[OSGeo-Discuss] Patent for feature of paper map.

Brian Russo brian at beruna.org
Fri Aug 7 10:50:54 PDT 2009

Well there are all kinds of nonsensical patents on the books but a lot of
them are never enforced. I don't see how the web mapping patent would
fulfill the non-obvious requirement- but there are a lot of stupid courts
out there.

 - bri

On Fri, Aug 7, 2009 at 4:14 AM, Bill Thoen <bthoen at gisnet.com> wrote:

> You might be surprised what people might be able to get away with, though.
> There's been repeated attempts to patent "web mapping" for example, and if
> it wasn't for the efforts of a few dedicated people, there would now be
> patents in both Britain and the USA on displaying maps over the web. But the
> threat is not dead yet, believe it or not, and it may culminate in a battle
> between Microsoft and Google sometime in the near future. Check out Daniel
> Morissette's blog entry for Feb 21, 2009, "Microsoft Patents the Map" at
> http://www.systemed.net/blog/?p=68. If Microsoft really uses the Multimap
> patent to put the bite on Google, then you can bet your bippy that it'll
> affect your web mapping business too.
> If reading that article brings your blood to a righteous boil, and you want
> to know more about who really invented web mapping, see Carl Reed's 2004
> article, "Intellectual Property, Patents, and Web Mapping: Historical
> Perspective" at http://portal.opengeospatial.org/files/?artifact_id=28360.
> - Bill Thoen
> GISnet - www.gisnet.com
> Brian Russo wrote:
>> I've seen legends similar to that before; afraid I can't offer anything
>> solid in terms of prior art examples but it's hardly as revolutionary as
>> they seem to think.
>> Pretty absurd if you ask me;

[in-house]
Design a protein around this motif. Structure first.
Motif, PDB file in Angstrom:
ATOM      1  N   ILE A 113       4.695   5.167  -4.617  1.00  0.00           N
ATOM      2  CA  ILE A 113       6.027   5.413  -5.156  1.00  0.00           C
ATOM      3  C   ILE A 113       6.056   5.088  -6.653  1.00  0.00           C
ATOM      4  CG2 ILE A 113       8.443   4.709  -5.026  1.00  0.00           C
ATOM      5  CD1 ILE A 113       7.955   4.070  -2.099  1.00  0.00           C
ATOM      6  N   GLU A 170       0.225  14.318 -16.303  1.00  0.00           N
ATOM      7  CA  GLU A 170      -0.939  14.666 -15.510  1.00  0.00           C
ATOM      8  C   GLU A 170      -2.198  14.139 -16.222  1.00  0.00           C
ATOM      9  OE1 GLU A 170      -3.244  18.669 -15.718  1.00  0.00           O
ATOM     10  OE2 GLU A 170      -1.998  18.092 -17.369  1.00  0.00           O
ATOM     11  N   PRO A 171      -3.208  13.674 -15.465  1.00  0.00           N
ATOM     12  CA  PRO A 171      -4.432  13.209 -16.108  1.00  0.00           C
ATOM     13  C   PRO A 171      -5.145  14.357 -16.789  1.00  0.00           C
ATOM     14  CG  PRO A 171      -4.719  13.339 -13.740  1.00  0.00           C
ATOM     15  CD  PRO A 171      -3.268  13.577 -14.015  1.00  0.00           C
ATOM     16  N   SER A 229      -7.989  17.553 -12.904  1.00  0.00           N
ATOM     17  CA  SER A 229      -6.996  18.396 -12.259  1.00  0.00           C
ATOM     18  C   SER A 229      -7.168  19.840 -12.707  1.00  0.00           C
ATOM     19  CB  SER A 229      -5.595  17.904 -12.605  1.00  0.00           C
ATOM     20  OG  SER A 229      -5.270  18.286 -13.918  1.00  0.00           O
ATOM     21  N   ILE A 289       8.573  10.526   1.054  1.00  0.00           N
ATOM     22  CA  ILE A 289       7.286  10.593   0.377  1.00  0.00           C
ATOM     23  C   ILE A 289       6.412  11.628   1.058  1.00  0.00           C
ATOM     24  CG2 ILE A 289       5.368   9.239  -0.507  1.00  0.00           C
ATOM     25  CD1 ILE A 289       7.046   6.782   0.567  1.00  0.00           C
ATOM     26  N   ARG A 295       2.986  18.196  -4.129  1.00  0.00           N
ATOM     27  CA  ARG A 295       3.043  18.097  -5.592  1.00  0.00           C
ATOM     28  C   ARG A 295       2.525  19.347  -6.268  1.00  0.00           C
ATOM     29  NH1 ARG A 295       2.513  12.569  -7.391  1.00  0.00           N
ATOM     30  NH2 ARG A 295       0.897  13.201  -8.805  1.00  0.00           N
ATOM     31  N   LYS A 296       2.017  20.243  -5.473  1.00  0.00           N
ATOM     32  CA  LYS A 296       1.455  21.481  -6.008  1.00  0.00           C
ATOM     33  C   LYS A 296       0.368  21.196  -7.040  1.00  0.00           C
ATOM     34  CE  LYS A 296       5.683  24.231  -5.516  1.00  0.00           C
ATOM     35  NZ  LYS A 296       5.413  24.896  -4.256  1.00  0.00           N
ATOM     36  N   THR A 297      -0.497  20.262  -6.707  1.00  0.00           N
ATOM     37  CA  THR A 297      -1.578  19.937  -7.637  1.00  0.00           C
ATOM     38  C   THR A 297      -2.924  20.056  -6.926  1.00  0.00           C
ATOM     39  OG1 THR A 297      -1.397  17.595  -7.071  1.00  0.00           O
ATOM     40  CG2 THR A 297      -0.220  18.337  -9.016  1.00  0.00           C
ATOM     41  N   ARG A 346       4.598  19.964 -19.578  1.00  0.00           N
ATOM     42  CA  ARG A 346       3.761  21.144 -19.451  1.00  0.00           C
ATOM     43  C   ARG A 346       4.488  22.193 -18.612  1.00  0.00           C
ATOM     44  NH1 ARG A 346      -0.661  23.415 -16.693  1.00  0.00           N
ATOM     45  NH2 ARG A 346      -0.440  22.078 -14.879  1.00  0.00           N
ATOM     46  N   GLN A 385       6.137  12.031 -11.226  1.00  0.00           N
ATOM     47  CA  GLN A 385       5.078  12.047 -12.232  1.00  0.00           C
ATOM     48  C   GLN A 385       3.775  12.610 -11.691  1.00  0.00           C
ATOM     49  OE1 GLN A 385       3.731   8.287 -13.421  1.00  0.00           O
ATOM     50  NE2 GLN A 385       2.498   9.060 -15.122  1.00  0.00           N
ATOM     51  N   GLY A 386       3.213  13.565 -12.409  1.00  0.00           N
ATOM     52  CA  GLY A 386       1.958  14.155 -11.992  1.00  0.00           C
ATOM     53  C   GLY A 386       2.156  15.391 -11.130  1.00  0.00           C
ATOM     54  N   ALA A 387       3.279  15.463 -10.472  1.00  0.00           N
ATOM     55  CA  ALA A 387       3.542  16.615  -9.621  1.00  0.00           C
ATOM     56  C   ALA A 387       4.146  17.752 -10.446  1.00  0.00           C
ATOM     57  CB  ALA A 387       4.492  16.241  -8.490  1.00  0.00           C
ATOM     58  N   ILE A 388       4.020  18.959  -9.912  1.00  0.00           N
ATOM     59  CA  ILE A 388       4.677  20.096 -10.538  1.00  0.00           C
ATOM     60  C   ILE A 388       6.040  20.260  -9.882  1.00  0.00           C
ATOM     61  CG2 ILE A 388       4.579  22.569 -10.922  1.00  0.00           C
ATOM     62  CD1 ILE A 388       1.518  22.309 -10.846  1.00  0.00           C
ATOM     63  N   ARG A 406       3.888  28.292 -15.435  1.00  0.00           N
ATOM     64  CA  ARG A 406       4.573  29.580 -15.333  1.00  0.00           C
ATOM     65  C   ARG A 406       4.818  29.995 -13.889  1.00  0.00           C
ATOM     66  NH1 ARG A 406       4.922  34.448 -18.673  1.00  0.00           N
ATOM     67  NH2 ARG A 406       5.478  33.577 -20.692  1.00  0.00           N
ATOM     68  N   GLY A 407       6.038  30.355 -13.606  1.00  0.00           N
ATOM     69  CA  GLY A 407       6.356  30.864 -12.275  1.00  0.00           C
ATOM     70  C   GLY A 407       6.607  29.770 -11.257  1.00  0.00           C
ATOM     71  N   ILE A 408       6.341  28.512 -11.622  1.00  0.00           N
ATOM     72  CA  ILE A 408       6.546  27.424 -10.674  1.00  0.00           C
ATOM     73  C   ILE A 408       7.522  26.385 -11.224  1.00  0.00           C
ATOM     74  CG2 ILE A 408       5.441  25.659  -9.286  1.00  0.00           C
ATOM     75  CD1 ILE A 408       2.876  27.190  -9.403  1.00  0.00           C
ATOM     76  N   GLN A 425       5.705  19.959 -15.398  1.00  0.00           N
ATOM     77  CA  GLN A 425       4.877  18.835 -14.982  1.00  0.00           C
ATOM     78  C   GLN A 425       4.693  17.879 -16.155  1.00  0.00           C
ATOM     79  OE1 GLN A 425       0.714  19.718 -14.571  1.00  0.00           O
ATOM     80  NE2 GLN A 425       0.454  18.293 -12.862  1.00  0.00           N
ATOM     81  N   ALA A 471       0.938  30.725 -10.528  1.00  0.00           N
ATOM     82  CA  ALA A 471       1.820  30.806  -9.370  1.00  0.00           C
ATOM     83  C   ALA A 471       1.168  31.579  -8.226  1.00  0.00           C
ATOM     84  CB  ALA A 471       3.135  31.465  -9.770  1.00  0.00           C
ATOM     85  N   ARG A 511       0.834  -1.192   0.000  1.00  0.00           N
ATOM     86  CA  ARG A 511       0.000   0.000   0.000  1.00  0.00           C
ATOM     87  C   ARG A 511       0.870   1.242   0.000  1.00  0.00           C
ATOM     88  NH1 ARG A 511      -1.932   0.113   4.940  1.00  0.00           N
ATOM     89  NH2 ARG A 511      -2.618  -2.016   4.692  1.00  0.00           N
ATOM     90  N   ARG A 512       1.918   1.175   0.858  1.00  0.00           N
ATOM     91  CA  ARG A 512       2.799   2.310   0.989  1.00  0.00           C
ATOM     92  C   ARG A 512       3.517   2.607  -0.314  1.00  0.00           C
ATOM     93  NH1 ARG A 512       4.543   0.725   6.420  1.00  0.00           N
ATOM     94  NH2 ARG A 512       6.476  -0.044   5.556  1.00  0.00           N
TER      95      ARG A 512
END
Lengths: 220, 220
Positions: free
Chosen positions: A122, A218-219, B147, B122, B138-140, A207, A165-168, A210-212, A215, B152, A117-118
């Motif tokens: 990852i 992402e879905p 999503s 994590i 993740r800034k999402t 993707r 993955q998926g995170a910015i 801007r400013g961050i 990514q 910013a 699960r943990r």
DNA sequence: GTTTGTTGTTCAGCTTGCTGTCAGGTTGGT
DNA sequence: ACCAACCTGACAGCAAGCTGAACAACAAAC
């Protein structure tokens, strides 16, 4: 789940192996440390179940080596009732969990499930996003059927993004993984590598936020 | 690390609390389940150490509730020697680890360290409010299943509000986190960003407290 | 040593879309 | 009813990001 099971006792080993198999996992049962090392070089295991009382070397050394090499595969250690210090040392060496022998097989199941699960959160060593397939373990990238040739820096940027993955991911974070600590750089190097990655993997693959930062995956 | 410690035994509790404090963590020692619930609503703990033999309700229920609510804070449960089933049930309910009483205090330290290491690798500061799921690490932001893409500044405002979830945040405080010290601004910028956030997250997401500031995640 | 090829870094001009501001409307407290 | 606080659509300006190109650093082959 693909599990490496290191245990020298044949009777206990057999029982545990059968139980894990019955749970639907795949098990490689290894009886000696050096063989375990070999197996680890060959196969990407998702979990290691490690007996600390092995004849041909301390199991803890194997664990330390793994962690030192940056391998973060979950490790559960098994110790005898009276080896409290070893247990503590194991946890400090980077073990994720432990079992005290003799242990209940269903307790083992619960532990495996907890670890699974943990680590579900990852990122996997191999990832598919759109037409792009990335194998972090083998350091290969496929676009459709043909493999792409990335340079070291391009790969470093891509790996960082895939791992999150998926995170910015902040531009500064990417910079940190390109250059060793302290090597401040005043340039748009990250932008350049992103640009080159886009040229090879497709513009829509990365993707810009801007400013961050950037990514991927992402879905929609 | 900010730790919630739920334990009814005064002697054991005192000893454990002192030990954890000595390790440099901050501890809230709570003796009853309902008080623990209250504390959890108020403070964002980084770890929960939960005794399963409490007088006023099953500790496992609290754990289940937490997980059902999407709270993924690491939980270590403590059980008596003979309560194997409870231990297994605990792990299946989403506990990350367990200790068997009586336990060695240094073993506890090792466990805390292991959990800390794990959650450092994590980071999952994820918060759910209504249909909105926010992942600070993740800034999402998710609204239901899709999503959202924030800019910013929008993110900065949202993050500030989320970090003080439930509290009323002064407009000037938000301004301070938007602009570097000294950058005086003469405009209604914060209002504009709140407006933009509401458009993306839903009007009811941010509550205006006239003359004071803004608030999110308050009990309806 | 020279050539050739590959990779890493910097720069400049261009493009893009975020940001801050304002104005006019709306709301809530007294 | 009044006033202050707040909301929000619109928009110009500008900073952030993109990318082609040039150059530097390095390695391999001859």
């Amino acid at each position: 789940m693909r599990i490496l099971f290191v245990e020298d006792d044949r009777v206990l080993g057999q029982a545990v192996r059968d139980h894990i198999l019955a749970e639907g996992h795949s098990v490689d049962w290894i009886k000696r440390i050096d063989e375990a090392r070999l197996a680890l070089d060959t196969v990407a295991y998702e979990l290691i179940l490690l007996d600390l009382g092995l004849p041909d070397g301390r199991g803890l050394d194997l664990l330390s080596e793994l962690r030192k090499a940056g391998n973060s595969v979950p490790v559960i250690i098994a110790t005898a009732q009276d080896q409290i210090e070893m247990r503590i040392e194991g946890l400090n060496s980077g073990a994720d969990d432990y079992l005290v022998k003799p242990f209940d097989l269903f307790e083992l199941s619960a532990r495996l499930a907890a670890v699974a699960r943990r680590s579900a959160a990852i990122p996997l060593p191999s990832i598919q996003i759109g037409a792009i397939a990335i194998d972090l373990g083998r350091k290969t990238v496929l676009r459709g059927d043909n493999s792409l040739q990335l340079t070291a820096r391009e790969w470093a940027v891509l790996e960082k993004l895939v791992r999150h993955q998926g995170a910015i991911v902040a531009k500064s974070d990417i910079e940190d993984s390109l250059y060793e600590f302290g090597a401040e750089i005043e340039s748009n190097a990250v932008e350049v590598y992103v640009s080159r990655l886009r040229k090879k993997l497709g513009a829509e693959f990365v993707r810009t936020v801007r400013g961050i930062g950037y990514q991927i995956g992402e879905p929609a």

>> On Wed, Aug 5, 2009 at 7:34 AM, "René A. Enguehard" <ahugenerd at gmail.com<mailto:
>> ahugenerd at gmail.com>> wrote:
>>    I suspect they might be applying for the patent but in for quite a
>>    surprise when it gets rejected. Features for maps would be very
>>    tricky to patent and, more importantly, not in the interest of the
>>    general public. As such the patent applications would probably get
>>    rejected. Would we really want people patenting things like
>>    projections, north arrows, scale bars or legends? I don't think it
>>    would be productive and suspect any patent office in its right
>>    mind would see it the same way.
>>    Patents were created to help people protect their ideas for a
>>    length of time so they could reap the rewards of their work and
>>    refine it without fear of being copied or undercut. This works
>>    very well for many things but fails miserably for conceptual
>>    things like maps or layouts for books or posters. This is why many
>>    patent offices now require people to patent "systems" rather than
>>    "things". I don't see how a wrap-around map could be explained as
>>    a system.
>>    René
>>    IANAL
>>    Landon Blake wrote:
>>        The latest issue of the ACSM Bulletin had an interesting
>>        article about a map matrix that wraps around the edge of a
>>        paper map. It seems the company that is using this feature of
>>        hard copy map design is applying for a patent. I didn’t even
>>        think you could get a patent a feature of a paper map. It got
>>        me wondering who holds the patent on the use of a north arrow
>>        and scale.
>>        At any rate, here is the article if you are interested in
>>        reading it:
>>        http://www.webmazine.org/issues/current/documents/wrap.pdf
>>        I couldn’t find the patent application, or I would have posted
>>        a link to it. Let me know if you have any comments.
>>        Landon
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